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Guide to a Facilitated Service Agreement between First Nations and Local Governments [First Nations Tax Commission, FNTC]

Publisher: 
First Nations Tax Commission
Year of publication: 
2013

A First Nation - Local Government service agreement is a contractual relationship between two governments for the provision of services. A service agreement provides the answer to four key questions:

1. Which services are being purchased?
2. For whom are these services being purchased (taxpayers, members, others)?
3. What is the method for pricing these services?
4. What are the terms of the agreement?

FIRST NATION REAL PROPERTY TAXATION GUIDE [First Nations Tax Commission, FNTC]

Publisher: 
First Nations Tax Commission
Year of publication: 
2014

The first edition of the First Nation Real Property Taxation Guide was
published in 2007 to help First Nation governments, taxpayers, First Nation
residents, the general public, other governments, and potential investors
understand First Nation property taxation and how it works. The goal was
to provide general information on virtually every aspect of the First Nation
property taxation system. With this third edition of the Guide, we have the
same goals, and have updated the contents.

Section 83 Indian Act Toolkit [First Nations Tax Commission, FNTC]

Publisher: 
First Nations Tax Commission
Year of publication: 
2019

First Nation tax authorities levy and collect taxes in the same manner as other local governments throughout Canada. First Nation tax systems base taxation on a property assessment, use market value assessment methods, use professional assessors, and set rates based on a budget. Procedures for assessment appeals and tax enforcement in First Nation tax systems are also similar to other local governments.

About the FNFA [First Nations Finance Authority, FNFA]

Publisher: 
First Nations Finance Authority
Year of publication: 
2019

The First Nations Finance Authority (FNFA) is a statutory not-for-profit organization without share capital, operating under the authority of the First Nations Fiscal Management Act, 2005. The FNFA’s purposes are to provide First Nations governments investment options and capital planning advice and—perhaps most importantly, access to long-term loans with preferable interest rates. The FNFA is not an agent of Her Majesty or a Crown corporation and is governed solely by the First Nations communities that join as Borrowing Members.

Small Town P.R. Playbook [Northern Development Initiative Trust]

Publisher: 
Northern Development Initiative Trust
Year of publication: 
2016

The Small Town P.R. Playbook is a fun, accessible tool that has been specifically designed for local government and First nations community administrators who aren’t professional communicators, but are faced with these issues and challenges every day. The Playbook showcases the innovative work underway in small communities across British Columbia.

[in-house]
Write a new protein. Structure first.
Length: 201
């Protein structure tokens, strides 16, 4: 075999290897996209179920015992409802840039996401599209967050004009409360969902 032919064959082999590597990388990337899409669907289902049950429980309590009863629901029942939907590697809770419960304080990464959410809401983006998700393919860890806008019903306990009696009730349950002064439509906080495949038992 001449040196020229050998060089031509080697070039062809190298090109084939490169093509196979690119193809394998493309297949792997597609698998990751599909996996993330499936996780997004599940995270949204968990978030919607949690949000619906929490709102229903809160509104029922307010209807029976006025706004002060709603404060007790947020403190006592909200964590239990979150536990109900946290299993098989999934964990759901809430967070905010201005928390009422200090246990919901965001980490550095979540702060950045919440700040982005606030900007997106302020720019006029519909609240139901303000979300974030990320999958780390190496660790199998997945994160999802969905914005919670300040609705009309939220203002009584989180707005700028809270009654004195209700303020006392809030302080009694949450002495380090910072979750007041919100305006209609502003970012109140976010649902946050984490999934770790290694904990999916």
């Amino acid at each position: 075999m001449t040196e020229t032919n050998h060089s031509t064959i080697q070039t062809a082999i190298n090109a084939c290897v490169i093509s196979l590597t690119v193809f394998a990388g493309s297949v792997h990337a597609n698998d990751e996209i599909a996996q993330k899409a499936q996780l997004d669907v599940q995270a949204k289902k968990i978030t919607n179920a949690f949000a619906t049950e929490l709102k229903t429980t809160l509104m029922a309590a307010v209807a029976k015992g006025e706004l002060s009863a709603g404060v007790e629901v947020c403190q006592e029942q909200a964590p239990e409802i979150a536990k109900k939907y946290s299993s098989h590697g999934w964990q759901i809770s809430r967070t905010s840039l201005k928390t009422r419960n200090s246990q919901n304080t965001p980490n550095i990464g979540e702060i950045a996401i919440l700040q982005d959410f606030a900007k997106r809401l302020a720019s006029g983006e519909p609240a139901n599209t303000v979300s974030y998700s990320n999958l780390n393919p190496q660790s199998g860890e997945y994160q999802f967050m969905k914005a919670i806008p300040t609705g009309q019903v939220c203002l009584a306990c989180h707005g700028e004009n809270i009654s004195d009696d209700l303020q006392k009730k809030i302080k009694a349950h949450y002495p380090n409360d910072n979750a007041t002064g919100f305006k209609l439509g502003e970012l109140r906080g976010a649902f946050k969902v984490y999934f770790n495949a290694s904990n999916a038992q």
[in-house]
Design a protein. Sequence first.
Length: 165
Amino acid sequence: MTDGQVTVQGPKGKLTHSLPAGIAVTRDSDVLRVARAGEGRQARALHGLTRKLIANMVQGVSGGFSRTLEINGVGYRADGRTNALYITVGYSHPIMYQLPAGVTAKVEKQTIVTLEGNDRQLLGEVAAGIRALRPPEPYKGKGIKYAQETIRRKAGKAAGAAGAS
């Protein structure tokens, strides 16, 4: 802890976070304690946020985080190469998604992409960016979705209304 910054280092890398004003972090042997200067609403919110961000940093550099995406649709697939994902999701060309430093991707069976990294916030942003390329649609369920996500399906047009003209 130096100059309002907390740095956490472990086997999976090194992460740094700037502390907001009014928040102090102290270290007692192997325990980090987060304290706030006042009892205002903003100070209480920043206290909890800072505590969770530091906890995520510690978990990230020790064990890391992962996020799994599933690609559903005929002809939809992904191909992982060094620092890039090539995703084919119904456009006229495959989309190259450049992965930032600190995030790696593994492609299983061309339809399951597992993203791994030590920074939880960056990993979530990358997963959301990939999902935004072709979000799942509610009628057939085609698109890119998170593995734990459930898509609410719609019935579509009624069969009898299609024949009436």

Webinar: First Nations Financial Transparency Act (FNFTA) [Indigenous and Northern Affairs Canada, INAC]

Publisher: 
Indigenous and Northern Affairs Canada
Year of publication: 
2014

This act requires First Nations to prepare annual audited consolidated financial statements and schedules of remuneration and expenses paid to Chief and Council. Again this is not a new requirement, it's something that is part of the funding agreements that First Nations have with the Department of Aboriginal Affairs. This particular Act, is intended to provide the transparency between First Nations Citizens and their leaders and to shift the accountability bargain from First Nations to the Government of Canada more to First Nations being accountable to the people they serve.

Beyond Transfers: A New Fiscal Relationship [Tulo Centre of Indigenous Economics]

Publisher: 
First Nations Tax Commission
Year of publication: 
2018

The following videos are part of the #BeyondTransfers series and debuted at the 2018 National Meeting.

“Fiscal power allows us to do what works for us.” -Tulo Centre Chair, Chief Michael LeBourdais.

Fiscal power provides decision making power, financial security and autonomy as a government and community. When a community has fiscal power, they can contribute towards service jurisdictions such as education, health, land management and other local services. It’s the foundation of the jurisdiction based fiscal relationship.

Webinar: The Role of a Tax Administrator [First Nations Tax Commission, FNTC]

Publisher: 
First Nations Tax Commission
Year of publication: 
2019

Webinar: The Role of a Tax Administrator
5th Apr 2019 | by: FNTC

In this brief webinar, Instructor Deanna Honeyman reviews the role, responsibilities, relevant processes and available resources to tax administrators. Honeyman has worked with the Tzeachten First Nation, located in the Fraser Valley of B.C., for 10 years, currently serving as its Lands and Property Taxation Manager.

Our Authority [First Nations Financial Management Board, FNFMB]

Publisher: 
First Nations Financial Management Board
Year of publication: 
2019

The First Nations Fiscal Management Act (FMA) is optional First Nations legislation. It came into effect on April 1, 2006. The FMA established three First Nation institutions to develop practical, modern-day tools already used by other levels of government in Canada, and provide these tools to First Nations governments.

Section 49 and 55 of the First Nations Fiscal Management Act [First Nations Financial Management Board, FNFMB]

Publisher: 
First Nations Financial Management Board
Year of publication: 
2019

Section 49 and 55 of the First Nations Fiscal Management Act (FMA) establishes the following legislative mandate for the FMB:

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by Dr. Radut